Pūrākau Poto: Matariki

Tama Ale Samoa • 18 June 2021

In our short story this week, Tama Ale Samoa looks at the significance of the rising of the Matariki cluster.

Wikimedia Commons | Juan Iacruz

With the Māori new year in order, let us look deeper into Matariki and ask the questions: what is Matariki? Who is Matariki? What is the significance of Matariki?

Matariki is the brightest star in the constellation of Pleiades, or known to Māori as Te Kāhui o Matariki.

According to Māori, there are nine stars in the constellation of Pleiades. Matariki is the mother and her children are Waitī, Waitā, Waipunarangi, Ururangi, Tupua Nuku, Tupua Rangi, Pōhutukawa and Hiwaiterangi. When the constellation rises in the east, during the sixth lunar month, just before the sun, it signals the Māori new year. This is a time to rest, reflect, farewell the old and welcome the new.


There are two practices that take place during Matariki.

One practice is focused on our deceased. Matariki is a time where we place the spirits of our dead upon the waka of Rangi (another constellation) and from there they will take their final journey to the place where Rangi, with his fishing net, gathers all the spirits together and cast them into the sky to become stars. This is where the popular Māori belief that we become stars when we die comes from.

The second practice is slightly like the modern idea of New Year's resolution. This practice involved wish-making and future planning. Hiwaiterangi is the star we send our wishes to. The other stars from the Matariki cluster, besides Pōhutukawa, act as a whole year forecast for weather, crops forecast, fishing conditions, and health. To better understand this, we must look at each star and its significance.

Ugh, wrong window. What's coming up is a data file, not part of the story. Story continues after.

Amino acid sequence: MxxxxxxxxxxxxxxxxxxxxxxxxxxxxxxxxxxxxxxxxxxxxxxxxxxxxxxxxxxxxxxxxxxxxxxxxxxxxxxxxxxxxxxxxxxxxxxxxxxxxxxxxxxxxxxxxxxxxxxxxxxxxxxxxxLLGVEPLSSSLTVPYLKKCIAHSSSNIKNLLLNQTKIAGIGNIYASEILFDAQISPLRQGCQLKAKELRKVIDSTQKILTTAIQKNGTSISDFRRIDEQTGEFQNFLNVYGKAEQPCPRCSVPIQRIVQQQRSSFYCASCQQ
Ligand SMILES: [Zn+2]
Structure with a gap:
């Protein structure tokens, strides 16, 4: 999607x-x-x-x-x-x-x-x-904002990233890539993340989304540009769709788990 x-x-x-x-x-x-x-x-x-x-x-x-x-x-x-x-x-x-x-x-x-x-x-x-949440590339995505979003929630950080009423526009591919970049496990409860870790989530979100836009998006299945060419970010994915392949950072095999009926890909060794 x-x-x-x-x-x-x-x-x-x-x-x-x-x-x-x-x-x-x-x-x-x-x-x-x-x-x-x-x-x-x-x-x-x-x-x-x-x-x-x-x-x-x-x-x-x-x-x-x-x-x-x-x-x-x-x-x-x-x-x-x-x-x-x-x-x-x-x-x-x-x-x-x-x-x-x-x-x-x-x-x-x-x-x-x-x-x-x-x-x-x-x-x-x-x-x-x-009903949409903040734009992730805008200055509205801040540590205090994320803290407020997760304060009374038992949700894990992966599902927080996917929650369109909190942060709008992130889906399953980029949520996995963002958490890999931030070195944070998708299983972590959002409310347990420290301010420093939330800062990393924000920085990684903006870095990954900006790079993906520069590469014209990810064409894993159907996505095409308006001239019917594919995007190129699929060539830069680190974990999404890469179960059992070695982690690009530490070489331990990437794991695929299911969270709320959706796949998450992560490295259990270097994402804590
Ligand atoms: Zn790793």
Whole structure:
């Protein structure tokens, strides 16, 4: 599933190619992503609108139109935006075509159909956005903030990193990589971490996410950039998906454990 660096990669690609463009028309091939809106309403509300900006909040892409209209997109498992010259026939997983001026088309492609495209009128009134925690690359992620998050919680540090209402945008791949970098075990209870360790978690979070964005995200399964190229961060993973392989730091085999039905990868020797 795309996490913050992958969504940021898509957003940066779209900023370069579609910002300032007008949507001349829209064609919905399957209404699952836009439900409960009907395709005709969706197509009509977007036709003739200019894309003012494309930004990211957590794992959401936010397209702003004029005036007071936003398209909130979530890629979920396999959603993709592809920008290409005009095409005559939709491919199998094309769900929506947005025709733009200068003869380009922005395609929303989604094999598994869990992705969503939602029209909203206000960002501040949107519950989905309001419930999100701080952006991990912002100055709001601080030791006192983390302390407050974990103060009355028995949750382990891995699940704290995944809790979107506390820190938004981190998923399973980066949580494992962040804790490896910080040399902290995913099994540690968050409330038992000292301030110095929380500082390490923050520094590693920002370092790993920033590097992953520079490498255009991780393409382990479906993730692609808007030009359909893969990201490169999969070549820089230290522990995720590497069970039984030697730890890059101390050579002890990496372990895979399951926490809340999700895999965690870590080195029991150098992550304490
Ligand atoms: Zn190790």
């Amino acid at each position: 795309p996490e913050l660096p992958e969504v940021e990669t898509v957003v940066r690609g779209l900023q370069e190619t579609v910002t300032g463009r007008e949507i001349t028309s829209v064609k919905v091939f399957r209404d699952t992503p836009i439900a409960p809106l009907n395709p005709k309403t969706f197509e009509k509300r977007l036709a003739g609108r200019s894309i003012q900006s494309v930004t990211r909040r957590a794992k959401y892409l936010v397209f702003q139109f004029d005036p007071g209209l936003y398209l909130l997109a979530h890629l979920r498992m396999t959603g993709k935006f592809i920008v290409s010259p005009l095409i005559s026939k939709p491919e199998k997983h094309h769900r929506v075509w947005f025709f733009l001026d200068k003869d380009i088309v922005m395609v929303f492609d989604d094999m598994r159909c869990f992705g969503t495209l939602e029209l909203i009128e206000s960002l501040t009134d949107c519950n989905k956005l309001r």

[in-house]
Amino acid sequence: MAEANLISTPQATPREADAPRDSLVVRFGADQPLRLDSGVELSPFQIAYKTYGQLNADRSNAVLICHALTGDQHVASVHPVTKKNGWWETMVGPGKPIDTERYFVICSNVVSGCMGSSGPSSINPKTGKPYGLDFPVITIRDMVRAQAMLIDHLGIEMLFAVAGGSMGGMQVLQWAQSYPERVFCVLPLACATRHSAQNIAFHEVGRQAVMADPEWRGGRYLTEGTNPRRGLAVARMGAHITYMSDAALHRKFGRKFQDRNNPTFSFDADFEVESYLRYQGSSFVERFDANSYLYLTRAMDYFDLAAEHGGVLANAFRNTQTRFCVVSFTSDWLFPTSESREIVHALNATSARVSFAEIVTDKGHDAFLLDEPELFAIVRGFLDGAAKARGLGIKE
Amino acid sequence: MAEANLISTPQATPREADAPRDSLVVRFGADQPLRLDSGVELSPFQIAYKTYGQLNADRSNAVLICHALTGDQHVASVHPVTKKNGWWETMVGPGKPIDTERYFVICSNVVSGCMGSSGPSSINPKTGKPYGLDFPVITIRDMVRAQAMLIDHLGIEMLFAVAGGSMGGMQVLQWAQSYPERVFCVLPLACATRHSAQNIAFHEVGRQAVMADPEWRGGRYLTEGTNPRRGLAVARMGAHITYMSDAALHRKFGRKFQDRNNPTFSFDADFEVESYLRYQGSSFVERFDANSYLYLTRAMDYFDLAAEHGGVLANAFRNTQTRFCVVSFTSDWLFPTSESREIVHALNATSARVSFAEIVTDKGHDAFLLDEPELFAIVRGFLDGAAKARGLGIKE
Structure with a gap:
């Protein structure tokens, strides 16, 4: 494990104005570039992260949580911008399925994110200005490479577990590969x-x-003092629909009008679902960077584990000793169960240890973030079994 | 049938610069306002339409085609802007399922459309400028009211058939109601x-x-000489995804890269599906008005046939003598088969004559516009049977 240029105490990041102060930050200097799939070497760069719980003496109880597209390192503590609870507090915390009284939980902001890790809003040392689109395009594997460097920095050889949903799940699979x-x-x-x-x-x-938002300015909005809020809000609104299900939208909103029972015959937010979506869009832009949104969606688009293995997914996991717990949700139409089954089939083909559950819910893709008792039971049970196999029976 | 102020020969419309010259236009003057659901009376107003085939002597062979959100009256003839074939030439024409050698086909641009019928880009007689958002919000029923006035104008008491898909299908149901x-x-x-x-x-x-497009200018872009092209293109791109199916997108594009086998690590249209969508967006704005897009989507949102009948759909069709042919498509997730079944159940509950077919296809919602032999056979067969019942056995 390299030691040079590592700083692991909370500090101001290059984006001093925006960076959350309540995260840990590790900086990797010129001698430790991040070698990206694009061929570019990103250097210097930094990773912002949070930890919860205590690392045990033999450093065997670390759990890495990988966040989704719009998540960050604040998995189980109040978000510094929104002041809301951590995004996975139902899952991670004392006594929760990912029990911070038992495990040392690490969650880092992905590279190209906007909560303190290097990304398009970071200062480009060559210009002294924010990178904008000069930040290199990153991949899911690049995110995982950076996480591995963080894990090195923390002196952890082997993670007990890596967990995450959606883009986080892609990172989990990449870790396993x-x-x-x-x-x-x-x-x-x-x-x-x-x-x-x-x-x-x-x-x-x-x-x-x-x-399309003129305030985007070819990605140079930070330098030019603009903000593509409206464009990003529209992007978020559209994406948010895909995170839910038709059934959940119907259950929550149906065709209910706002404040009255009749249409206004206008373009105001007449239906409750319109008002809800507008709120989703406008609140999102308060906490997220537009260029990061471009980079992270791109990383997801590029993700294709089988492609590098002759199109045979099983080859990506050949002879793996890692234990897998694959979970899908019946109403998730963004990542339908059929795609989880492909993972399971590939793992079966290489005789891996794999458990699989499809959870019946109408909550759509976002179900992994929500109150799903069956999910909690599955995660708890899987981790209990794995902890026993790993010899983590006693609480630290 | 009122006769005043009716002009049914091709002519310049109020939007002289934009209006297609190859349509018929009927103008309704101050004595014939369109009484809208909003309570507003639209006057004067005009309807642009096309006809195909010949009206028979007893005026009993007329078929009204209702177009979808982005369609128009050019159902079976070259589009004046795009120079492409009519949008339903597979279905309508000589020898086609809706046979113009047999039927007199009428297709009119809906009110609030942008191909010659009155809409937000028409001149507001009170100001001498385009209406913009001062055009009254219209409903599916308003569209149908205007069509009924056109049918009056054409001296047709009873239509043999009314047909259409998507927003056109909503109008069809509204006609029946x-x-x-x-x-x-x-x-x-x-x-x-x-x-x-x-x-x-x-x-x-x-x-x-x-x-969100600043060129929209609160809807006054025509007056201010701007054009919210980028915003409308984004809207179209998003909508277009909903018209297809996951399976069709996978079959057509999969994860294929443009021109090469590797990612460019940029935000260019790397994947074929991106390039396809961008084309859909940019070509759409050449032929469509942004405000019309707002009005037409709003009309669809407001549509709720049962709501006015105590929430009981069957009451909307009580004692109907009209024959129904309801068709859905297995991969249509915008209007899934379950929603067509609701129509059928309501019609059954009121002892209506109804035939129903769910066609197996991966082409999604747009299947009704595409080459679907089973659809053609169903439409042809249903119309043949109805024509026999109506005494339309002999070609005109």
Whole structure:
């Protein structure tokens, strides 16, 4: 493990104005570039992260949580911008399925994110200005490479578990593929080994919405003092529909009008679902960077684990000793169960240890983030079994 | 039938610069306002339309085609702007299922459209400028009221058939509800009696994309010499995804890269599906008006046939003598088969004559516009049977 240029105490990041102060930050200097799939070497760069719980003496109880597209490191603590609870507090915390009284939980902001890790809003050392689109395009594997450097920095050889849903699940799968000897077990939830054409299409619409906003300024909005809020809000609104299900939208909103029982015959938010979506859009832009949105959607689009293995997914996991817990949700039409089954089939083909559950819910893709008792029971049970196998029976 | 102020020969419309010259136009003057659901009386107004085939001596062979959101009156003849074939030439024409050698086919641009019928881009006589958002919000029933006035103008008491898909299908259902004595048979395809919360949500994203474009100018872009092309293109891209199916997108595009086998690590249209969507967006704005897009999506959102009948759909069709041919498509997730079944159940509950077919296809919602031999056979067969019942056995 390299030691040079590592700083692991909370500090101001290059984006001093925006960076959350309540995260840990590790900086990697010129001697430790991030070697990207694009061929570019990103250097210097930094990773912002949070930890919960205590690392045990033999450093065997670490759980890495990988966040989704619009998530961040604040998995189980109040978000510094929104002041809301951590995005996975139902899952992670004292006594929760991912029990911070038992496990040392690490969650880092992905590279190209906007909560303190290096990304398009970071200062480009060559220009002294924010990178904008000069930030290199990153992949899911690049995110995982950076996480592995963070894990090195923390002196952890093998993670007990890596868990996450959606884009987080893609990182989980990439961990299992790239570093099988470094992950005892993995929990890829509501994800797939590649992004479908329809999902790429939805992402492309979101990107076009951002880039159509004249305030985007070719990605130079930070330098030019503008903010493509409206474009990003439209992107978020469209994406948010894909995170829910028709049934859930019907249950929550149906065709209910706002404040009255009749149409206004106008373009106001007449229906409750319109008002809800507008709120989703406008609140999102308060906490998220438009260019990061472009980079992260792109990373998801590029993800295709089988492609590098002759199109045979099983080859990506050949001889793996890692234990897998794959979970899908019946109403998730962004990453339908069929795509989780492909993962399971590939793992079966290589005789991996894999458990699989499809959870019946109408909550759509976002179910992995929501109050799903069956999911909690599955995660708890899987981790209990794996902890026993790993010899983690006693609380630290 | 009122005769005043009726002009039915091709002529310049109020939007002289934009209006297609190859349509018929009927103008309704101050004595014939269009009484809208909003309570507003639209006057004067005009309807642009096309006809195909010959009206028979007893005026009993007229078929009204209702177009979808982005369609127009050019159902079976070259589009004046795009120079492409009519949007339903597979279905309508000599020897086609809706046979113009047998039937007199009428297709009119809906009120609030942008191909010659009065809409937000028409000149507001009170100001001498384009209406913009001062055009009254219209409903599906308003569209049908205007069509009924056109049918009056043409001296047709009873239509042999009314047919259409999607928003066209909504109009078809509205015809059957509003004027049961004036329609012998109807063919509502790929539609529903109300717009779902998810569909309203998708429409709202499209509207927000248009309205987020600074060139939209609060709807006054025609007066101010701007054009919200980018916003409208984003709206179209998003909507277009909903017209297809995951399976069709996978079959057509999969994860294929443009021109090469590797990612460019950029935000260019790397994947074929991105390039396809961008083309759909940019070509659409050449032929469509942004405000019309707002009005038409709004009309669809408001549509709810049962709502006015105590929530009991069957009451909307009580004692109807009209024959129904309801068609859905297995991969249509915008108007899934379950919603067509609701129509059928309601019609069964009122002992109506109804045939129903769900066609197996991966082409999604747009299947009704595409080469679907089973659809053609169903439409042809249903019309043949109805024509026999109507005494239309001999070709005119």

• Waitī – Freshwater
  • Waitā – Saltwater
  • Tupua Nuku – Food that grows in the ground
  • Tupua Rangi – Food that grows above us i.e. berries, birds
  • Ururangi – Connected to the winds
  • Waipunarangi – Connected to rain

During the early mornings of the last quarter phase (Tangaroa) of the sixth lunar month (Pipiri), our tohunga (experts) will take their reading, predict the conditions for the year ahead, and plan accordingly. For example, if the star Waitī is shining bright, they know it will be a good year for freshwater food sources. If Ururangi is dim and hard to see, they know that the year ahead is going to be a very windy year, and so on and so forth.

Matariki is a time to farewell the old and prepare for the new.

Image via Kiwi Conservation Club - Hakuturi Toa